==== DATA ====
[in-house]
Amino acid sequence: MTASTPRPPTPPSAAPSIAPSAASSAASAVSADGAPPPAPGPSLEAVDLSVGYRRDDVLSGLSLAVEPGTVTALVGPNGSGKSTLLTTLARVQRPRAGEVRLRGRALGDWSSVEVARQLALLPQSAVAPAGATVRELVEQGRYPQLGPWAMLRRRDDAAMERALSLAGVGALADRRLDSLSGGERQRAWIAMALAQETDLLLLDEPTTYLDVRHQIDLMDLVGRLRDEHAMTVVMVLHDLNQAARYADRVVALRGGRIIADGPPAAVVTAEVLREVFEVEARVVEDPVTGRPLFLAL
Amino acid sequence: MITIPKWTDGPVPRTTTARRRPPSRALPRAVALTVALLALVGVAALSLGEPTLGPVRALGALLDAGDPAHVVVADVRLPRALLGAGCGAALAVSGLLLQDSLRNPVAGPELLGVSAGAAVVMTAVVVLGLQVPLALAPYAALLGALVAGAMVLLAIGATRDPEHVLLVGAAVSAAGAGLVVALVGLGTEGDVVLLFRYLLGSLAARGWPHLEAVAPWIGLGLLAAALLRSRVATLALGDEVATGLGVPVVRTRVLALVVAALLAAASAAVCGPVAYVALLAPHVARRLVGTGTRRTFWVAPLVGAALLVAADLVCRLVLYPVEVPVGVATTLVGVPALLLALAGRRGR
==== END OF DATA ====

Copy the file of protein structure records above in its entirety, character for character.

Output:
[in-house]
Amino acid sequence: MTASTPRPPTPPSAAPSIAPSAASSAASAVSADGAPPPAPGPSLEAVDLSVGYRRDDVLSGLSLAVEPGTVTALVGPNGSGKSTLLTTLARVQRPRAGEVRLRGRALGDWSSVEVARQLALLPQSAVAPAGATVRELVEQGRYPQLGPWAMLRRRDDAAMERALSLAGVGALADRRLDSLSGGERQRAWIAMALAQETDLLLLDEPTTYLDVRHQIDLMDLVGRLRDEHAMTVVMVLHDLNQAARYADRVVALRGGRIIADGPPAAVVTAEVLREVFEVEARVVEDPVTGRPLFLAL
Amino acid sequence: MITIPKWTDGPVPRTTTARRRPPSRALPRAVALTVALLALVGVAALSLGEPTLGPVRALGALLDAGDPAHVVVADVRLPRALLGAGCGAALAVSGLLLQDSLRNPVAGPELLGVSAGAAVVMTAVVVLGLQVPLALAPYAALLGALVAGAMVLLAIGATRDPEHVLLVGAAVSAAGAGLVVALVGLGTEGDVVLLFRYLLGSLAARGWPHLEAVAPWIGLGLLAAALLRSRVATLALGDEVATGLGVPVVRTRVLALVVAALLAAASAAVCGPVAYVALLAPHVARRLVGTGTRRTFWVAPLVGAALLVAADLVCRLVLYPVEVPVGVATTLVGVPALLLALAGRRGR